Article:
Lots of hard work and patience and the ability to rise above oneself. Anand consciously keeps away from controversy and politics. At times this has been very expensive for his career. But rather than complaining Anand would try to just play his chess.

For example, in 2002 there was a plan to have a world championship and in that scheme only player who got a bad deal was Anand. He was unfairly kept out. It was a very difficult moment for us. We went for a holiday and came back and Anand said the only thing I can do is play my chess and enjoy it. He went on to win two chess Oscars in 2003 and 2004. This was some of the happiest moments of our life.

When did the Bonn preparation start?

Before Mexico we understood that Kramnik would have the privilege to get a match irrespective of what happened in there. It didn’t feel right but Anand said let me win Mexico and only then do I need to worry. He played some of his best chess in Mexico and won. Then within an hour the talk about the Kramnik match started. I really felt bad but Anand said I would like to play a match and not have a career where I haven’t got the chance and moreover I want to do something different.

“Not for winning the match but when I look back at my career I want to feel proud that I played d4.” He risked and played something. It was when Anand said this, it really impacted me. It was at that moment we decided that we would give Bonn all that it takes and the whole Team Anand rose to the occasion. In Anand’s case, he never got a privilege and never tried to reason with his critics. He just said I will play and win and the rest takes care of itself. It is a quality that is very special not only in a champion but in a person.

Does the privilege of being the world champion come with a baggage?

Of course it raises the level. But Anand has been among the Top 3 since 1996. So he has been able to keep the pressure and play well. He is someone who doesn’t get too influenced by ratings and numbers. He likes to enjoy the game.

He will try out different formats. He will try new variations take risks. In 2001, he understood that if you tried to hold on to your title you lose it some other way. You have to have the confidence of rising up to the challenge constantly.

You are his manager. How do you manage his affairs?

It was just a matter of convenience. Anand has a professional manager in Chennai who takes care of his endorsements and appearances. I take care of his tournaments and all the travel. In Bonn we had a close team of Hans Walter and Frederic and myself.

Our job was first to make a list of what Anand wanted and see that we provided him with that. At no point was Anand to find that he needed something. In fact, the negotiations started within 24 hours after Mexico and from the beginning we tried to get conditions that we thought were necessary.

Keeping in mind that the match was organised by some of Kramnik’s closest friends and the organisation had members who were also Kramnik’s managers. We had to work doubly hard so that Anand felt comfortable.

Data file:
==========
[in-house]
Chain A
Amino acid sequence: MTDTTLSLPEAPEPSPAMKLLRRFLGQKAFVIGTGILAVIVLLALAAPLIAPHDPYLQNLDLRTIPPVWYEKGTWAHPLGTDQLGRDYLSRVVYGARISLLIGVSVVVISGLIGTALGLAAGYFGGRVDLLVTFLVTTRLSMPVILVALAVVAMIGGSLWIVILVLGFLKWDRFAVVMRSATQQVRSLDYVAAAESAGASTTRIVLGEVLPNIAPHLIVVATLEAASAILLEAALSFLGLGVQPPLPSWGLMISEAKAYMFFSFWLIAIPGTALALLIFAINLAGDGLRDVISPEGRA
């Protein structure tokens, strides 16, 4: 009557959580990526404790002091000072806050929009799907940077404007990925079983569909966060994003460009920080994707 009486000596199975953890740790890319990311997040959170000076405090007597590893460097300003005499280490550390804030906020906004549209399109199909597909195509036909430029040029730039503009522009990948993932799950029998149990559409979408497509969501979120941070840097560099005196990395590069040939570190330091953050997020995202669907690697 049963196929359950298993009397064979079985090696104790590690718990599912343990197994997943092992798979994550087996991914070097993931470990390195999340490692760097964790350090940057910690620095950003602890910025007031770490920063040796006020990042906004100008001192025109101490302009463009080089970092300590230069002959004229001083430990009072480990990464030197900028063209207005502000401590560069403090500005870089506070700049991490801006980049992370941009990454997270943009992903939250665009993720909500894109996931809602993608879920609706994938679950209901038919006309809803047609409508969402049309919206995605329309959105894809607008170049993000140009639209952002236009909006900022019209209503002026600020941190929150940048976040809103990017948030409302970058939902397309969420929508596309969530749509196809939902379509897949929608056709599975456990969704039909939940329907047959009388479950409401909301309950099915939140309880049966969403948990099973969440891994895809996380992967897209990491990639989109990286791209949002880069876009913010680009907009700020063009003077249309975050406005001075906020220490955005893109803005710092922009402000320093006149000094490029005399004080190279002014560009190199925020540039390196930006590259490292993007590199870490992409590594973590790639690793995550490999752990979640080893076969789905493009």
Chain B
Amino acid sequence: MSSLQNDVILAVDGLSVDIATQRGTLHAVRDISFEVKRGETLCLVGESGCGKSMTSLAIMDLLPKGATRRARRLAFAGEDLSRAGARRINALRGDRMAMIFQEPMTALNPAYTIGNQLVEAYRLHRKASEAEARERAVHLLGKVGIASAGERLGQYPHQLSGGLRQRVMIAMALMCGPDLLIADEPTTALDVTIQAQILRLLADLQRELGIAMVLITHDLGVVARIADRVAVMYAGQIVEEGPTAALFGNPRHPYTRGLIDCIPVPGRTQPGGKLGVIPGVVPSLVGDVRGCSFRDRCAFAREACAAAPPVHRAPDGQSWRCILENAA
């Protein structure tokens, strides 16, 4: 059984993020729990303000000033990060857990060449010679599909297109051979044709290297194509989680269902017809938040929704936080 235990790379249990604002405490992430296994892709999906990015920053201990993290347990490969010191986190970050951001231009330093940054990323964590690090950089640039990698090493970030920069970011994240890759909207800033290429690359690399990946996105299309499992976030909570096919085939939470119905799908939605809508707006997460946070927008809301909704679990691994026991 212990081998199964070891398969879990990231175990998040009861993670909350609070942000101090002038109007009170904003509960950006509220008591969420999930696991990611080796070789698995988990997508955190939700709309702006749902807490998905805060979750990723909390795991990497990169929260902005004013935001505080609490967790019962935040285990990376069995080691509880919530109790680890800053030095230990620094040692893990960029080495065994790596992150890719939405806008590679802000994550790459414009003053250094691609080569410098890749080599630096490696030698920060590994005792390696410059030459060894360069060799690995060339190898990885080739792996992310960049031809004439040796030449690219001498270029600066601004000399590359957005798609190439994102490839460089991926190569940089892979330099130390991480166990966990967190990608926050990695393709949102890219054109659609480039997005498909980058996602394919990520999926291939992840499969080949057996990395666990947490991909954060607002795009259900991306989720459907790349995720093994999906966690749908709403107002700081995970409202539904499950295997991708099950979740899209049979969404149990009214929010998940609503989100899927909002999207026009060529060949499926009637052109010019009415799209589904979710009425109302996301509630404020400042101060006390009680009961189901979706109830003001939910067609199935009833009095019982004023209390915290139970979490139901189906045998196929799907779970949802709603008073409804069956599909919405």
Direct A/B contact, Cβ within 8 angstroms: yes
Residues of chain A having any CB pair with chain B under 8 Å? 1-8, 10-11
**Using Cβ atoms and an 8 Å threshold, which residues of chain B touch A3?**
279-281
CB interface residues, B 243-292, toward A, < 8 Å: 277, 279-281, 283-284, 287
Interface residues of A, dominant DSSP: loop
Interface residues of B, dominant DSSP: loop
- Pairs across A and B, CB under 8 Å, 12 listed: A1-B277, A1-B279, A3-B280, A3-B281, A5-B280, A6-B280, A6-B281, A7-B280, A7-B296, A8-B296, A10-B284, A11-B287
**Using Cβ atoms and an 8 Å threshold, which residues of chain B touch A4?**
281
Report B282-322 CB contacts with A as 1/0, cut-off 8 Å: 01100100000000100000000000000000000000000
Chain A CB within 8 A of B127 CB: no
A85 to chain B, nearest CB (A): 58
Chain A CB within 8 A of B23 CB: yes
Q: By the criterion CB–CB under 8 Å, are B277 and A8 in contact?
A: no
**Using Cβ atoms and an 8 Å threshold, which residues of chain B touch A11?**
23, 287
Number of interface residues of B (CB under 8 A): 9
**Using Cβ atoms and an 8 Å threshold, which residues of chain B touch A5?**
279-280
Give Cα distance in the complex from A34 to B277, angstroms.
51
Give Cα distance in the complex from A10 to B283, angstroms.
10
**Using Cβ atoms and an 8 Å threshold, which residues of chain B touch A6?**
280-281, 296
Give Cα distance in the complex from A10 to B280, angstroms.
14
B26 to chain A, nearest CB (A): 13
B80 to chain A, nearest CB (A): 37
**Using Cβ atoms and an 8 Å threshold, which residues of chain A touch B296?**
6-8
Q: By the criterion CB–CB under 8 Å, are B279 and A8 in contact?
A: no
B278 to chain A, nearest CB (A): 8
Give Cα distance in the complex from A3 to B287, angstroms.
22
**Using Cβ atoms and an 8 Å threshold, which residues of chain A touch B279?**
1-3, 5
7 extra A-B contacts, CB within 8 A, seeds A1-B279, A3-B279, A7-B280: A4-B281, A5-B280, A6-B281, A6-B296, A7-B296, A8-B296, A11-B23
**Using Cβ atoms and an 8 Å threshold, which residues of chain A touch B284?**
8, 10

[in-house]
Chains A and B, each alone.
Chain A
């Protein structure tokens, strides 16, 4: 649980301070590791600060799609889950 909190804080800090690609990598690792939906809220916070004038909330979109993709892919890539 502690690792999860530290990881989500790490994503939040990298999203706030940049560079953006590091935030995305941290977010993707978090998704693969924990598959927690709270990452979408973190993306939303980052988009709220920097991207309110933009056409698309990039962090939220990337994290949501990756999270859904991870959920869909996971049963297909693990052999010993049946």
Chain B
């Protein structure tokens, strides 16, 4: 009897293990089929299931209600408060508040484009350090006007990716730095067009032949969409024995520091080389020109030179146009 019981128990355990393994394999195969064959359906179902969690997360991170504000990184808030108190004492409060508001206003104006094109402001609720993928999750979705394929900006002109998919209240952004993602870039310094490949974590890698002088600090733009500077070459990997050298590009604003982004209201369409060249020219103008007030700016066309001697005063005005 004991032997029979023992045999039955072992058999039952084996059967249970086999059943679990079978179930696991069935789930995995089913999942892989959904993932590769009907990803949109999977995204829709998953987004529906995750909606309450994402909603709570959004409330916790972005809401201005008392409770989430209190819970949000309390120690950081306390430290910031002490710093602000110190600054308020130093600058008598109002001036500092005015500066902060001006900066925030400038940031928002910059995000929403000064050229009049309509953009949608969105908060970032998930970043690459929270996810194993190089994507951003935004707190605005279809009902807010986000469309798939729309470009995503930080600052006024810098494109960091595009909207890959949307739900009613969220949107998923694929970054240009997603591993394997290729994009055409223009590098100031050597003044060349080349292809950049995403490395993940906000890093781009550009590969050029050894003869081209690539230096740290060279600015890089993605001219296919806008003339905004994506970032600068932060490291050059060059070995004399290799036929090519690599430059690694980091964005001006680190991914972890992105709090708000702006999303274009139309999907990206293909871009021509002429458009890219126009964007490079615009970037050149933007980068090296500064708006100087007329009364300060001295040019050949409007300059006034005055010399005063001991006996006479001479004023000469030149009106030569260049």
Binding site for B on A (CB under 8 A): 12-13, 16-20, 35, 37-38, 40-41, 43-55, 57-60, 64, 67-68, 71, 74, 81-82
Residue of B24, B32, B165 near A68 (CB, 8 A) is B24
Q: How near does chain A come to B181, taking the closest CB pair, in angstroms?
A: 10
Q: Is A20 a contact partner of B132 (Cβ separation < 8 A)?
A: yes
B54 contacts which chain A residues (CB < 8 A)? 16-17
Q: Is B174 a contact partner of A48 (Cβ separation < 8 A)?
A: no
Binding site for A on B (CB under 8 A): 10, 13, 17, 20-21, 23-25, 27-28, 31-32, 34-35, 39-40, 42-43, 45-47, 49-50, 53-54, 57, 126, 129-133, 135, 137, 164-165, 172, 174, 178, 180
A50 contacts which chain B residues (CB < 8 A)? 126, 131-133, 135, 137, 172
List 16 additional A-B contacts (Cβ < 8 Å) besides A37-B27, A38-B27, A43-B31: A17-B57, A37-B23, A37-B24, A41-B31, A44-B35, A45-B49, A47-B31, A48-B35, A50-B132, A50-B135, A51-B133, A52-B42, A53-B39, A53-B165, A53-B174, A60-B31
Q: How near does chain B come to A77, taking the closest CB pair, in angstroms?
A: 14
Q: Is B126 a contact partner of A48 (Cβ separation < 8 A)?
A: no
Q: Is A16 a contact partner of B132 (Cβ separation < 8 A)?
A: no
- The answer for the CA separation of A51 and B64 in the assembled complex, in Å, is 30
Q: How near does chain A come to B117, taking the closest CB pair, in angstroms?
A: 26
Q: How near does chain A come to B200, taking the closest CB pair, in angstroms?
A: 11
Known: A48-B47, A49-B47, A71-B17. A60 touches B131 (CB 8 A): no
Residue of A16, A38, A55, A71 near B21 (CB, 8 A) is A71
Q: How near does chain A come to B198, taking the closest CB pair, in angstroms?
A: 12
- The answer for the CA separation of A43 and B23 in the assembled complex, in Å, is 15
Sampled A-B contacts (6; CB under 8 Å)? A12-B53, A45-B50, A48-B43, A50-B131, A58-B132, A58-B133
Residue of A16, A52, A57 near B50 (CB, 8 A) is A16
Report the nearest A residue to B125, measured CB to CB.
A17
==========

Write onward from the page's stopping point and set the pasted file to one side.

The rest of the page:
How difficult is managing a world champion’s affairs?

It is fun. The greetings and wishes. Sometime people say why couldn’t he win before we can’t take the tension. There is a lot of travel a lot of fun. Anand and me have an ability to laugh off most things. So it’s nice at the end of the day when the whole team sat together and told each other how the three weeks had passed. It makes everything worth it.

What are your duties and responsibilities?

Basically putting Anand in a bubble. His only focus is chess.The logistics of travel, press and other obligations are just taken off his back.

How do you handle his moods — post win and post defeat?

Victory is always easy to handle. But in Bonn when he went three points up we understood that Kramnik would now show his true prowess and we expected at least one game could go badly. Before every game we would ensure Anand was confident at the board. His team put in an extraordinary effort. They would sleep only when Anand played so they gave 100 per cent. Before the game I would just tell him to be calm.

How did he handle the tenth game loss?

After he lost his tenth game I went back stage and Anand looked very calm. The only thing he said I should nail this in the next game. The team also just decided to forget the game. They had expected one game at least where Kramnik would get in his novelty and the move Re1 was very difficult to solve on the board.

In fact we were extremely calm. Normally when Anand loses, the first hour is the most difficult and then you realise that you have to play the next day. But saying that the last three days were difficult. We found it difficult to sleep and understood that the half point meant a lot more.

How does he cope with the criticism and the praise?

He generally takes both well. He doesn’t really bother too much about what people say. At the end of the day you have to be happy with yourself. The rest doesn’t matter. During the match he hadn’t checked mail or the internet. So after winning he enjoyed a bit of ego surfing!

Is there any particular defeat that rankles him?

Anand has a terrific memory but he also has this ability to block out memories that are painful. Many times if you ask him about to something that was painful he would say he doesn’t remember much.

Is there any particular win that you both remember and enjoy?

Every win is special. Ok Bonn is big.

Finally, you are the woman behind Anand’s success?

There have been many women! First Anand’s mother who introduced him to the game. Then there is Nieves Perea. She was Anand’s de facto Spanish mother. She doted on Anand more than her own children. When Anand was alone in Europe she would ensure Anand never missed home. When I married Anand and went to Spain she became my de facto mother in law too. We really miss her and it’s a pity she died in 2004 and could not see Anand climb the highest rungs of his career.

Anand and me are a team. We try to be there for each other. All of us family and friends ensure that Anand feels comfortable in the event but the hard work and the chess is Anand’s. If he didn’t do that, the jigsaw puzzle would be incomplete.